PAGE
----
Knife, Fire and Boiling Oil: The Early History of Surgery
This book tells the story of the early history of surgery - when surgeons were equipped with just knives, fire and boiling oil.
The two events which mark the beginning of 'modern' surgery are the introduction of anaesthesia and antiseptic, both in the second half of the nineteenth century. However, present day knowledge and techniques have resulted from the cumulative observations and experiments of centuries.
This book celebrates the dedication and ingenuity of the early pioneers of surgery and documents some of their remarkable surgical procedures. Bishop cites as sources: ancient Babylonian and Assyrian surgical laws; Egyptian textbooks from 3000 BC; the second-century Chinese surgeon Hua To; Hindu physicians who created artificial noses hundreds of years before plastic surgery; and, the brilliant William Cheselden, who could remove a stone from a bladder in less than a minute!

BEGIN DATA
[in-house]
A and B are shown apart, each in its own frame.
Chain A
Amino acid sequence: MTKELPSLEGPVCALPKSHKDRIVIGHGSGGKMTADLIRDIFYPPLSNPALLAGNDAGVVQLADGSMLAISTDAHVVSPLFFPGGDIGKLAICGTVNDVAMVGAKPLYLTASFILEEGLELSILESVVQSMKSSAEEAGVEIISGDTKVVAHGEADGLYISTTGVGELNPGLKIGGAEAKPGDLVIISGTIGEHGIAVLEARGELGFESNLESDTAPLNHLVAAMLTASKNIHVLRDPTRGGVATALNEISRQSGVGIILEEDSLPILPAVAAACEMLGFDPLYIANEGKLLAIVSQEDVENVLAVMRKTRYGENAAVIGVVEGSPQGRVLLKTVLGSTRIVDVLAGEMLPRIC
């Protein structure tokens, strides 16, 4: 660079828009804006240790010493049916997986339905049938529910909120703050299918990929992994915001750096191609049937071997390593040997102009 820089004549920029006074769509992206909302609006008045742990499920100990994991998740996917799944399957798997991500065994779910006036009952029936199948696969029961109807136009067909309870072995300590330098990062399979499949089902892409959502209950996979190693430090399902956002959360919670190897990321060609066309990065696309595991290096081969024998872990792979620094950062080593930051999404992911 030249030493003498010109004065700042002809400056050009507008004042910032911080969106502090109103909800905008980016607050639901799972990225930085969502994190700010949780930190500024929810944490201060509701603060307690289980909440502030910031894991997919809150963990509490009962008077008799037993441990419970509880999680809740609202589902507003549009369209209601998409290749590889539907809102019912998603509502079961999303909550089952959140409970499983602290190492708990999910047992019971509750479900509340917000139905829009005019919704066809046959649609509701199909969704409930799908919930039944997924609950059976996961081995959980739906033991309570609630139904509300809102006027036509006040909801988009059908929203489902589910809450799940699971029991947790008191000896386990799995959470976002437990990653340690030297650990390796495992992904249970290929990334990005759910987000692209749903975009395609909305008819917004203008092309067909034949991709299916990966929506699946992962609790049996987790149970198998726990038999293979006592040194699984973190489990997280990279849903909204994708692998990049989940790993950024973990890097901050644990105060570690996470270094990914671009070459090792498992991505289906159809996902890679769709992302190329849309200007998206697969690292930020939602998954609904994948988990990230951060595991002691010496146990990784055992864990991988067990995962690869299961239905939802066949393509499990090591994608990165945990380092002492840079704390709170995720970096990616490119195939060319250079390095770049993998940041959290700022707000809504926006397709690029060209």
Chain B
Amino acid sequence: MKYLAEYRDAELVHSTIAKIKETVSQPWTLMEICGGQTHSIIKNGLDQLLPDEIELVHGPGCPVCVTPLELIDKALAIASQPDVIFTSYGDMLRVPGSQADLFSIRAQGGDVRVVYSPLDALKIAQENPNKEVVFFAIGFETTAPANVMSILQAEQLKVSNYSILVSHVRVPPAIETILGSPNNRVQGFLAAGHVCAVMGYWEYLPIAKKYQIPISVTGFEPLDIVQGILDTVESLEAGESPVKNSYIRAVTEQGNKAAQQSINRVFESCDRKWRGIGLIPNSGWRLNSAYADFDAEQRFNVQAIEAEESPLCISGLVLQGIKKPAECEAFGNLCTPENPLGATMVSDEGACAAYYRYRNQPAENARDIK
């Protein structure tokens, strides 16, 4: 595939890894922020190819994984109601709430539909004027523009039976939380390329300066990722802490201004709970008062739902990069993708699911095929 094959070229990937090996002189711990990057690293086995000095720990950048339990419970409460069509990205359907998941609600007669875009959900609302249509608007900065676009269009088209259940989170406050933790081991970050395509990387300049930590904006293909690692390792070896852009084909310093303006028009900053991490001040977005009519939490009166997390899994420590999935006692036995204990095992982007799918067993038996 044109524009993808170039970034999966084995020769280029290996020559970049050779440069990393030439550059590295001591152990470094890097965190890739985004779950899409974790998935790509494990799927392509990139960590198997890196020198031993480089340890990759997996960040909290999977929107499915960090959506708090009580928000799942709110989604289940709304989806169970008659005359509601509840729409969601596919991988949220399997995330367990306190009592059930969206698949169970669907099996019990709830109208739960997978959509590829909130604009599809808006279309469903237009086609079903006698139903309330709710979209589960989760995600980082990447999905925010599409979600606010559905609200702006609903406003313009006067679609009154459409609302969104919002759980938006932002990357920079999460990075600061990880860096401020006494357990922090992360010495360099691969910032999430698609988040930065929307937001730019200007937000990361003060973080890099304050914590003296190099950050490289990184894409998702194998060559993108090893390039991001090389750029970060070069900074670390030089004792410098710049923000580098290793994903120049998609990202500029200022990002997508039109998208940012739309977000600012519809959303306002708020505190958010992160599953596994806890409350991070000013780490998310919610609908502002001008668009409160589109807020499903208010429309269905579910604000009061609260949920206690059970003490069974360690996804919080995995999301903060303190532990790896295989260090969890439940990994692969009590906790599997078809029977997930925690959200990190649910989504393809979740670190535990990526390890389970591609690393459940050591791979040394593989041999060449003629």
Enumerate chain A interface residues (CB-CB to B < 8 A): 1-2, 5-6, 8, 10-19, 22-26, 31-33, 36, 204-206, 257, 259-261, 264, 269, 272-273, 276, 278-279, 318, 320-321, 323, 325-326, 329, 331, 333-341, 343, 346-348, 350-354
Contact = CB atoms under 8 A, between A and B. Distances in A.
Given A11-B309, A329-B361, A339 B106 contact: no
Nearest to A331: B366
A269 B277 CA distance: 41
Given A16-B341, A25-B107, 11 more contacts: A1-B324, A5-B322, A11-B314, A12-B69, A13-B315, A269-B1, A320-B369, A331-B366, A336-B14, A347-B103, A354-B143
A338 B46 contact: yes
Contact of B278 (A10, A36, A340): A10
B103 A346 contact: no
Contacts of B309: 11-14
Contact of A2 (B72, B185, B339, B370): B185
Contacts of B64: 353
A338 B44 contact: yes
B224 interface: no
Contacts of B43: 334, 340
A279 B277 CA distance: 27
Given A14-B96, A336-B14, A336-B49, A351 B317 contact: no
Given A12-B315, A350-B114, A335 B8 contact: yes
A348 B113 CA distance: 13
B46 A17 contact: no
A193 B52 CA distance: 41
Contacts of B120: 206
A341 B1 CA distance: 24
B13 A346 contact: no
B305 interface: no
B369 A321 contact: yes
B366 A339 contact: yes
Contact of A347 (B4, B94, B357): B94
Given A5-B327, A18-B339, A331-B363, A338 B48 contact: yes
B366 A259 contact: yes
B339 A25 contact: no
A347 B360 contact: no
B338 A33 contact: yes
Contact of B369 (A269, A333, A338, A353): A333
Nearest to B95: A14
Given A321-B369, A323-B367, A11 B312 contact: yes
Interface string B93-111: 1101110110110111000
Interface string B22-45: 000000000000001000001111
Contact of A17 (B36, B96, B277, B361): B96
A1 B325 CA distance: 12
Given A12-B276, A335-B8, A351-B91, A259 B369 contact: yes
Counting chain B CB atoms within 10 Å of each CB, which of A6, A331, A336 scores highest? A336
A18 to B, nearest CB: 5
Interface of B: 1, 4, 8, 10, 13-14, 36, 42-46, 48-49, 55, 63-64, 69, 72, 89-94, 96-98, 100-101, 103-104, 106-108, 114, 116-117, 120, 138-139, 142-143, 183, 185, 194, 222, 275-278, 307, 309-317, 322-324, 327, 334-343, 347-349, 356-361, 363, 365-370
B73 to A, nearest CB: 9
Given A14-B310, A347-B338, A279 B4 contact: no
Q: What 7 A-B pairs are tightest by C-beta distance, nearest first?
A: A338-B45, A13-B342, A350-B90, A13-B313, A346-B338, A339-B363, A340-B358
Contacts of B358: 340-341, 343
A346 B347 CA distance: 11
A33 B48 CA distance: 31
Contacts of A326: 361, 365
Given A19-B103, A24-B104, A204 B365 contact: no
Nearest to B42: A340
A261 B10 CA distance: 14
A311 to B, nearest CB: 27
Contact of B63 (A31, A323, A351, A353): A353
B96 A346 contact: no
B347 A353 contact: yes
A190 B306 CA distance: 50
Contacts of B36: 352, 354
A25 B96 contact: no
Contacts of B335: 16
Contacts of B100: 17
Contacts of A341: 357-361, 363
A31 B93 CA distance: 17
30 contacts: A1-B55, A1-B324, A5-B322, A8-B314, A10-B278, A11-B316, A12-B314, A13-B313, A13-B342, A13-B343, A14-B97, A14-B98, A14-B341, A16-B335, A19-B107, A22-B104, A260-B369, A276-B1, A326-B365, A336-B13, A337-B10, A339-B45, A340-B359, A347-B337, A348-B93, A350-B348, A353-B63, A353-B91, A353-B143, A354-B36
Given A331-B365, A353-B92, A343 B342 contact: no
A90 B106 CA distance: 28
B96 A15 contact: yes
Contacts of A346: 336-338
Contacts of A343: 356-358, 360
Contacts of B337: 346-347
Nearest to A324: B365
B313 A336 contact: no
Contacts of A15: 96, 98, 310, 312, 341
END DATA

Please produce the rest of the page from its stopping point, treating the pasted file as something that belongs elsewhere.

Including graphic accounts of wartime surgery, wound treatments, blood transfusions and body snatching, this book will inform and intrigue medical students and professionals and general readers alike.
Site Price: £7.99